How much time to allow for Wedding Photography?

How much time to allow for Wedding Photography?

One of the more popular questions I am asked is, “how much time do I need to allow for wedding photography?” The answer to that question hinges on what you wish to achieve with your photography, and how much you are willing to collaborate with your wedding photographer.

While the candid, unobtrusive style of wedding photojournalism still remains popular, the wedding photos that my clients respond to the most are the stylized, directed shots. The “artistic shots” as the brides and grooms often refer to. These shots involve private time alone; away from the family and friends.

The photographic environment is utilized as a stage setting. This setting creates an atmosphere for the wedding couple to step into a fantasy world where they become whoever they wish to be. The couple is often directed through various poses and creative ideas at the gentle coaxing of the wedding photographer. Soon the camera is forgotten about and the magic happens.

Pure emotions emerge that bring out the sexiness and playfulness, the glamour and sophistication, the serenity and mystery, or the love and passion between each couple. Not only do these wedding photographs yield beautiful shots, they also provide a moment of quiet time in the midst of a busy day that races by so quickly.

The price however, is time. If you want these images, be forewarned that you should allot at least an hour specifically for this style of work. In other parts of the world, it is normal for the couple to take a couple of hours during the wedding day to go to one or several exciting locations for their portrait time.

If these images matter the most to you, consider when you could devote the extra time. Do you meet before the ceremony? Do you miss your cocktail hour? Do you take time off at some quiet point during your reception? Perhaps it necessitates scheduling some portrait time on a different day. Keep in mind, it is your day and the scheduling and timing is in your control. In my experience, I have found the minimum of one full hour to be extremely beneficial.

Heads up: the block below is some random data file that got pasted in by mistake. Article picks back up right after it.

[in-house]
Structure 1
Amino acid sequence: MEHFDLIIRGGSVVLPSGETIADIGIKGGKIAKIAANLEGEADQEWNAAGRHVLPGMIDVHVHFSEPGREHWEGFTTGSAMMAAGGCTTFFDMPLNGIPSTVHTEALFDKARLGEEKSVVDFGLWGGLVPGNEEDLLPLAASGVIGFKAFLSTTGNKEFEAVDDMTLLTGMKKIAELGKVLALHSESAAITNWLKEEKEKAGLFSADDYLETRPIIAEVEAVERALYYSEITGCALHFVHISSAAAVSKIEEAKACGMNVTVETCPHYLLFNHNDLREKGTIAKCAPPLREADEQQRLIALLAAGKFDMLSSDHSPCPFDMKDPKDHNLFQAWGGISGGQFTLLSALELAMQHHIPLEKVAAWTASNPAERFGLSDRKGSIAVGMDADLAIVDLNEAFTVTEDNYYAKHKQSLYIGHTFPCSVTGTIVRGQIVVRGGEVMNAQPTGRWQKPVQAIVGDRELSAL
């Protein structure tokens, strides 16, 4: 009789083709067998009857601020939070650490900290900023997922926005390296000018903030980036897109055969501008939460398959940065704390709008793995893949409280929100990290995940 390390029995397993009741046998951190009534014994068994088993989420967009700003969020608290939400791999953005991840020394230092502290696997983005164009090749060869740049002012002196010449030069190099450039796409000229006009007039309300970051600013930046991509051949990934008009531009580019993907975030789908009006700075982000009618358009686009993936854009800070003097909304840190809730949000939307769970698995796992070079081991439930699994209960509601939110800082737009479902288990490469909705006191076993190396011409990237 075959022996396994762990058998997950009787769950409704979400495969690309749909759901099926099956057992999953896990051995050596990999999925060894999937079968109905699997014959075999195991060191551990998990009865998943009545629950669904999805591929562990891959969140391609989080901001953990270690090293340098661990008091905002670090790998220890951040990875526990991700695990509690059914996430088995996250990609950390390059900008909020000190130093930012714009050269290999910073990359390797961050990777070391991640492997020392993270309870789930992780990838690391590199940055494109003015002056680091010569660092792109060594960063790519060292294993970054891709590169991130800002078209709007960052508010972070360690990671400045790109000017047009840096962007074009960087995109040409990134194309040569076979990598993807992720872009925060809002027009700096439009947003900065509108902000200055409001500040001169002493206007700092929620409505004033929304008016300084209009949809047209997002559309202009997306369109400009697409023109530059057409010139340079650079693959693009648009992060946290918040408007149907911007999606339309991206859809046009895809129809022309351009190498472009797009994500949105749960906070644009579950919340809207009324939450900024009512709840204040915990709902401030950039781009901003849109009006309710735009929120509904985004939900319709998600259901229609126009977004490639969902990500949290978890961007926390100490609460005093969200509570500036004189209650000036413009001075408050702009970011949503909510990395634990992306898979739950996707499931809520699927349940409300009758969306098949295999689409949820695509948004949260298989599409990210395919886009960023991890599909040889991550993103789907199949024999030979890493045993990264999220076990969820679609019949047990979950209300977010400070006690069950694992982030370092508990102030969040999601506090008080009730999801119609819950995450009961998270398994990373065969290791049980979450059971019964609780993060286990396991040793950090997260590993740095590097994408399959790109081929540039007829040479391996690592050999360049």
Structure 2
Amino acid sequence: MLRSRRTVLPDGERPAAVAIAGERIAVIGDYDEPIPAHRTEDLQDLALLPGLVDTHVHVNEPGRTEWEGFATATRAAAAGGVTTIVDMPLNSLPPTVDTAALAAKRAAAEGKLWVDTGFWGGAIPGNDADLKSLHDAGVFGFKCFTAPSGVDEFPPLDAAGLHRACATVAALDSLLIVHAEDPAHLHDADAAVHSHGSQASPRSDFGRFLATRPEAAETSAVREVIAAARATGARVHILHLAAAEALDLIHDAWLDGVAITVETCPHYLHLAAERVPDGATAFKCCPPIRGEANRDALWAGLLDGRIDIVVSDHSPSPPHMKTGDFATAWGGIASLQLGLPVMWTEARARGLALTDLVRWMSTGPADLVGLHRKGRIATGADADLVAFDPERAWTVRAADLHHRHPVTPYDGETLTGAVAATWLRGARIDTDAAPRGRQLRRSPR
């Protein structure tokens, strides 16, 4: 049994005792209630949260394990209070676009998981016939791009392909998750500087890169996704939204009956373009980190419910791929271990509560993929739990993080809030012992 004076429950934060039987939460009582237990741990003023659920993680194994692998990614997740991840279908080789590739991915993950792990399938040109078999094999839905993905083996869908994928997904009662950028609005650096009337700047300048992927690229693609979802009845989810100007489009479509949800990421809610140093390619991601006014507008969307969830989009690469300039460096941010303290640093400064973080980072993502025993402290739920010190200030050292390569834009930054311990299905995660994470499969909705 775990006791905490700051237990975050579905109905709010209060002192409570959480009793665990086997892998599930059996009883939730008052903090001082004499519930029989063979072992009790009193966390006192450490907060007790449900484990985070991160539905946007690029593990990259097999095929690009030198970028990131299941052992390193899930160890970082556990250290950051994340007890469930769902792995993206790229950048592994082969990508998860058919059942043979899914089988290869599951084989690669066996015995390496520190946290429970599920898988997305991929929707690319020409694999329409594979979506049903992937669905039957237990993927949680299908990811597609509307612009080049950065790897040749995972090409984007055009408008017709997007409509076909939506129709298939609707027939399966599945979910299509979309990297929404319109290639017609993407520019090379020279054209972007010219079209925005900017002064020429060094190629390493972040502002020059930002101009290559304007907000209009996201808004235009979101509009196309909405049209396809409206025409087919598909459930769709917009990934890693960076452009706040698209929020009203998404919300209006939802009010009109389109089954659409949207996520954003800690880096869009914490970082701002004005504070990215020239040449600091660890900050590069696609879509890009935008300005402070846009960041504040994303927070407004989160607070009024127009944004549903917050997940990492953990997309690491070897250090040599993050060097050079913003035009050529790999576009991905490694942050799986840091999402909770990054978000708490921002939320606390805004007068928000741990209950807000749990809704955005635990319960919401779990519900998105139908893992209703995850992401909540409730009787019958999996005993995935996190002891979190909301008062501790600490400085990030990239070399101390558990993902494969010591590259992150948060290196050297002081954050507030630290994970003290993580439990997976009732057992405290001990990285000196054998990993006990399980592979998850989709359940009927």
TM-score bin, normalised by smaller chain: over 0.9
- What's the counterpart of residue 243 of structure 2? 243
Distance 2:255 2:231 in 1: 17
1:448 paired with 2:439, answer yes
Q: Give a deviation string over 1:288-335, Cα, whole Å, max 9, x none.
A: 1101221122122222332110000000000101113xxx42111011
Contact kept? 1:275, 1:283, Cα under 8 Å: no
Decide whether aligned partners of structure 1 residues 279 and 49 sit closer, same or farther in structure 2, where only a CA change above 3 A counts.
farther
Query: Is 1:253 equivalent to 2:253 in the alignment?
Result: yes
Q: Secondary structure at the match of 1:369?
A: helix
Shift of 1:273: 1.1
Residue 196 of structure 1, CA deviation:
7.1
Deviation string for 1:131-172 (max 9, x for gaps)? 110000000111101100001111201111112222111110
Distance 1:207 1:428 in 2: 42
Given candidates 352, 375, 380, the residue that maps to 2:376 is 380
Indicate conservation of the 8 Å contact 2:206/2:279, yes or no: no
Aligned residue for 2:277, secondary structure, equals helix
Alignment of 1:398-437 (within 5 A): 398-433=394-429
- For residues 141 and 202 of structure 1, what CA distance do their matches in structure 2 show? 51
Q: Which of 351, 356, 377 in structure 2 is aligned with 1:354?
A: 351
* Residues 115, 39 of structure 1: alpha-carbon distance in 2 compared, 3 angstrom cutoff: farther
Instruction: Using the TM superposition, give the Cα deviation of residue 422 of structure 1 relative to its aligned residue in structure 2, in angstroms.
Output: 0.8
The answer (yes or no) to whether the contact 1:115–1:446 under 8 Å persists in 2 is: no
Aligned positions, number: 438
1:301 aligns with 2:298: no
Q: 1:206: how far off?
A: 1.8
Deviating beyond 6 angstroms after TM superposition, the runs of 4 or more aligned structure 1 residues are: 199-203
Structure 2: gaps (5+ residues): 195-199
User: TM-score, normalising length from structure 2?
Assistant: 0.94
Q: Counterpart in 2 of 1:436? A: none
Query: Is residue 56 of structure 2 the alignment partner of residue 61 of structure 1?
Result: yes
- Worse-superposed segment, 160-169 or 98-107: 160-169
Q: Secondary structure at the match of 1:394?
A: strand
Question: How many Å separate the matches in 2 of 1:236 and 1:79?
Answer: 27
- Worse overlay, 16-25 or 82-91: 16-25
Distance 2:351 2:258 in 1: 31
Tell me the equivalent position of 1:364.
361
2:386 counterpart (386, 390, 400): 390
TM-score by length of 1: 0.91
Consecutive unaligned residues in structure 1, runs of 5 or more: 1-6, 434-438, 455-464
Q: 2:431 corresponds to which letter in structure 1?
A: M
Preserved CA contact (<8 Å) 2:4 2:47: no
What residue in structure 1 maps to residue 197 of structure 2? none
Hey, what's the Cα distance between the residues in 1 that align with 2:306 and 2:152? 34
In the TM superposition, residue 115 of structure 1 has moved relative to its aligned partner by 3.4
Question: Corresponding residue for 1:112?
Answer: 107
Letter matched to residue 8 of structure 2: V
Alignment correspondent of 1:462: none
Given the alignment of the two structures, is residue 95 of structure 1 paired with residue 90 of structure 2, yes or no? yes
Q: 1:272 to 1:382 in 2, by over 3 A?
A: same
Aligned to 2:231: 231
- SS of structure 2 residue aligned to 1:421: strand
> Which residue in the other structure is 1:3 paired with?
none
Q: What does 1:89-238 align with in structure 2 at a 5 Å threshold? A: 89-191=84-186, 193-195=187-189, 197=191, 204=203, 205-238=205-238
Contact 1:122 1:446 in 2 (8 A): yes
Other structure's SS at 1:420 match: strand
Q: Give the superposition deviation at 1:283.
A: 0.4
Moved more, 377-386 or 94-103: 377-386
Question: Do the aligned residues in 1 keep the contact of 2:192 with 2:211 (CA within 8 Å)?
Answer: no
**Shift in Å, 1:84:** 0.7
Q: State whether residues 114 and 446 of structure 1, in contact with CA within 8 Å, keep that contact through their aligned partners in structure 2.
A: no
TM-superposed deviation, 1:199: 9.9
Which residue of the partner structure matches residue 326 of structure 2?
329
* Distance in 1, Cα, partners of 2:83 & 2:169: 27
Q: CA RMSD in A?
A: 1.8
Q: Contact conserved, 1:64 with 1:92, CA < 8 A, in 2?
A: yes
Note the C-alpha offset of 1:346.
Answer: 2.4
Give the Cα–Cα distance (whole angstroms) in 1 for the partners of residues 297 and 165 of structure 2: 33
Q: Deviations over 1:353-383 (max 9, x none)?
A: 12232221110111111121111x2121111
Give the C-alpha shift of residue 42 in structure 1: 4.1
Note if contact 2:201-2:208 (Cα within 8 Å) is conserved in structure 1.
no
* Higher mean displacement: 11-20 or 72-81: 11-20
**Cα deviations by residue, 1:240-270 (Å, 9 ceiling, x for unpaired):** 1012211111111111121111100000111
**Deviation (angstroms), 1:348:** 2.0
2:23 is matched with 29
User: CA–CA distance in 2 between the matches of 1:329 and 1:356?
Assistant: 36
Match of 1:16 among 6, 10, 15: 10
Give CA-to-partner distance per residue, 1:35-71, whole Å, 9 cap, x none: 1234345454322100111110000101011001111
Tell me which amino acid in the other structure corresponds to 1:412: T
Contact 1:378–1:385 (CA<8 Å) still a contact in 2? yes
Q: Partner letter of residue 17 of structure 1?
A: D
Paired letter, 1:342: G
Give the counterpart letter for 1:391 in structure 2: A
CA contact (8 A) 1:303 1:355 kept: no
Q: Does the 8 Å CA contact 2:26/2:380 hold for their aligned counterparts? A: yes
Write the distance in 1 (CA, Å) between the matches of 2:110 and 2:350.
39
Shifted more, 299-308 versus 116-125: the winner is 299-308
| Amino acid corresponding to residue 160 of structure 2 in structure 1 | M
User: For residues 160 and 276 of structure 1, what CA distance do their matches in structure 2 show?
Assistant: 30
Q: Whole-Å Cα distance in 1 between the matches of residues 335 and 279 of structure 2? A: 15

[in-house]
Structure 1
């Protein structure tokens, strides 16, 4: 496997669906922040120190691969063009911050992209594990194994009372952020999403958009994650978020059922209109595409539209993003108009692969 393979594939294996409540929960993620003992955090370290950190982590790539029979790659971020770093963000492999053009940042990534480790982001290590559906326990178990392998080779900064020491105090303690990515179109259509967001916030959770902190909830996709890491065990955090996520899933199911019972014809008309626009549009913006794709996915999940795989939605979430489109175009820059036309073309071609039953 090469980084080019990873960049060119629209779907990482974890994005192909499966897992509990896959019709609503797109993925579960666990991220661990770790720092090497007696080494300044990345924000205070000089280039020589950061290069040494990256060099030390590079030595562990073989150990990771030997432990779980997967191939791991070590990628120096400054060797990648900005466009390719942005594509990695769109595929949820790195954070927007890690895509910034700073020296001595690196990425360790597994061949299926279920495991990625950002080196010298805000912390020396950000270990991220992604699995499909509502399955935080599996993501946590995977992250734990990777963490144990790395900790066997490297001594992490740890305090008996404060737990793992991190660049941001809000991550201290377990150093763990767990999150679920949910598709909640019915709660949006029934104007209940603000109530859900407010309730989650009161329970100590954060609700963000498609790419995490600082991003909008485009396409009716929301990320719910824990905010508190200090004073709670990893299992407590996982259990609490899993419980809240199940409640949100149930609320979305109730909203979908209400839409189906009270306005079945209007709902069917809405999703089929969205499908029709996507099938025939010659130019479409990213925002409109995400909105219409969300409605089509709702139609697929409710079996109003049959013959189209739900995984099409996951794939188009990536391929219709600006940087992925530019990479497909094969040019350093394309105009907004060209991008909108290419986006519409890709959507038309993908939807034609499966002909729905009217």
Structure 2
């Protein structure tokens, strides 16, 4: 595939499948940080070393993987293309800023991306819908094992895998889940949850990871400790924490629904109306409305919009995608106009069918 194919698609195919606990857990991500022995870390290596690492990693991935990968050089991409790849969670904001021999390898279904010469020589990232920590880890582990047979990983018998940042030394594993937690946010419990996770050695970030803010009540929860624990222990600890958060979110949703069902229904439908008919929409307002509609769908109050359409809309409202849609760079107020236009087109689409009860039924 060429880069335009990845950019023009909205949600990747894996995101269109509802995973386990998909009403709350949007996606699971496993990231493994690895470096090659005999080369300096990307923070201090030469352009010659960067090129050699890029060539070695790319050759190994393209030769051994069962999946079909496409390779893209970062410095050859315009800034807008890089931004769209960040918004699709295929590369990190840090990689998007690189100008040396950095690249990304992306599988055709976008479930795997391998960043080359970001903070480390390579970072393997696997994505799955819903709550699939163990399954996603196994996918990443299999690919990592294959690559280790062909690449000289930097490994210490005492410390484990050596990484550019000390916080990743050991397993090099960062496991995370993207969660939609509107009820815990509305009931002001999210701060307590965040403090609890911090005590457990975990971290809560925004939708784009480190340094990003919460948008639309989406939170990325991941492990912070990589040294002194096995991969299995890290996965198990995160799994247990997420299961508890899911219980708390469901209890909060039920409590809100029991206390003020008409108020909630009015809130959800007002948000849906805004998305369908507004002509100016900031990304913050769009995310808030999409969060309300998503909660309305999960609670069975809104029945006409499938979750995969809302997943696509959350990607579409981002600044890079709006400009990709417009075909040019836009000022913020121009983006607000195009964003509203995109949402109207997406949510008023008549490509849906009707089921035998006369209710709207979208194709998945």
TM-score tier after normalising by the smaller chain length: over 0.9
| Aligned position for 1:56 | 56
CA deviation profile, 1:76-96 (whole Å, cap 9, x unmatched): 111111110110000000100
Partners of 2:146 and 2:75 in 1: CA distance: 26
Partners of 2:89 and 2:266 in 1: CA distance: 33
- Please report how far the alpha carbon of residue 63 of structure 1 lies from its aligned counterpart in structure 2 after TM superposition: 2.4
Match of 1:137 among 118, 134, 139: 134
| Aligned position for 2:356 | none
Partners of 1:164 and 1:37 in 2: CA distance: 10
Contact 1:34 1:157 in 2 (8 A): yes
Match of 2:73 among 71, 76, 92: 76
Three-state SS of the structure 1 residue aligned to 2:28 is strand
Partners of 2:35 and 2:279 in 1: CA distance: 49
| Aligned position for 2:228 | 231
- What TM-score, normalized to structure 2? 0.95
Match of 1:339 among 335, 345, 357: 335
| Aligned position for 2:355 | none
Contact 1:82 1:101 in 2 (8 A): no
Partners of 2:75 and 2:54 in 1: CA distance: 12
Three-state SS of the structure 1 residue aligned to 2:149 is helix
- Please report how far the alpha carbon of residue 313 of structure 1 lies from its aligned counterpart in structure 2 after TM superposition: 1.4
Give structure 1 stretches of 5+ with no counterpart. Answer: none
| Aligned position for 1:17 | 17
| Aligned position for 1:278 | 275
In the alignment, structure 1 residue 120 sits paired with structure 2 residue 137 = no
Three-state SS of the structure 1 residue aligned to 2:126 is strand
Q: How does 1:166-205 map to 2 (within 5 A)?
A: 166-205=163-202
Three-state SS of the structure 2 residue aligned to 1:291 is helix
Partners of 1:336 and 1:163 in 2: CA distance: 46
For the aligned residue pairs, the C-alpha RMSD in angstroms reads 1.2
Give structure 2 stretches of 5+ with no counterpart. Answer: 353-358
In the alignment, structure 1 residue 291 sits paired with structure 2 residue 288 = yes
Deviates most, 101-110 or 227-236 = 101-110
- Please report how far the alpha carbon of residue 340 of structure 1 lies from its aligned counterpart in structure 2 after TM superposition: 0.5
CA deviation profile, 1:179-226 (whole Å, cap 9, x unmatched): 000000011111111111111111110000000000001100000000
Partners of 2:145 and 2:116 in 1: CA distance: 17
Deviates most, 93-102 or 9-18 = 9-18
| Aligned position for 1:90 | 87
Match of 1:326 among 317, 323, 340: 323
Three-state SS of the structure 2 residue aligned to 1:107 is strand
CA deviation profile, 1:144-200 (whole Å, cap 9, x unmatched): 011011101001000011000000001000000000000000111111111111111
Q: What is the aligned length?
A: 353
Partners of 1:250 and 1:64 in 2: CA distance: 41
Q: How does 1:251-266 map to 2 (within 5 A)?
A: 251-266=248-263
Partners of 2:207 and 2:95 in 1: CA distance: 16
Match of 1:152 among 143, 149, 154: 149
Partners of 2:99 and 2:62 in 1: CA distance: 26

Common Scenario - All in One Wedding Venue

Couples often had their wedding ceremony and reception in one location which enabled us to spend one solid hour doing photography. The scheduling is straight forward, and no extensive planning was required. We were able to do intimate portraits as well as utilize the setting that drew them there in the first place.

The Adventure – Embrace the Offsite Scenery

In one of my experiences, the reception was a forty-five minute drive from the ceremony site. During our drive, we made a few stops along the way. Not only did we manage to get some wonderful shots at a local train station and park, we also had a great time doing it! Because of the unobtrusive manner in which I shoot, the additional benefit to the couple was some quiet time together before regrouping for the social activities of the night.

Go with the Flow – Prepare for Hard Pressed Wedding Photography

On the other hand, some wedding couples prefer not to invest a specific schedule dedicated for portraits, or to prepare for wedding photography in general. In this case, I advise my clients to allow five minutes per grouping for the “traditional” formals and an additional fifteen minutes for shots of the couple alone. If time is crunched, I will often photograph the family first and then request about fifteen minutes with the couple privately at a quiet point during the reception.

The flow of this type of photography arrangement demands the ability to adapt to situations, and often presents great challenges for the wedding photographer. At one particular wedding I had a window of thirty minutes before the ceremony to photograph the bride and groom, wedding party and family members. As the minutes ticked down with no key players to be found, a growing congregation of family members began to appear. As I started to photograph the family, the list seemed to grow rather than recede, and still without a full wedding party or bride and groom. When the bride finally arrived, we were down to ten minutes before the ceremony time. Ten minutes to go and a bride and groom greeting guests that arrived from out of the country, we were very hard pressed to accomplish what was requested. In the end we had to schedule some additional time during the reception to finish shooting.

Conclusion

When you are looking through samples of photojournalistic work, or viewing wedding portrait of other couples prior to your wedding day, be aware of what you are drawn to. Feel free to show samples to your photographer and discuss how much time would be necessary to achieve the images you like. The more communication you have between yourself and the photographer, the happier you will be with your results.

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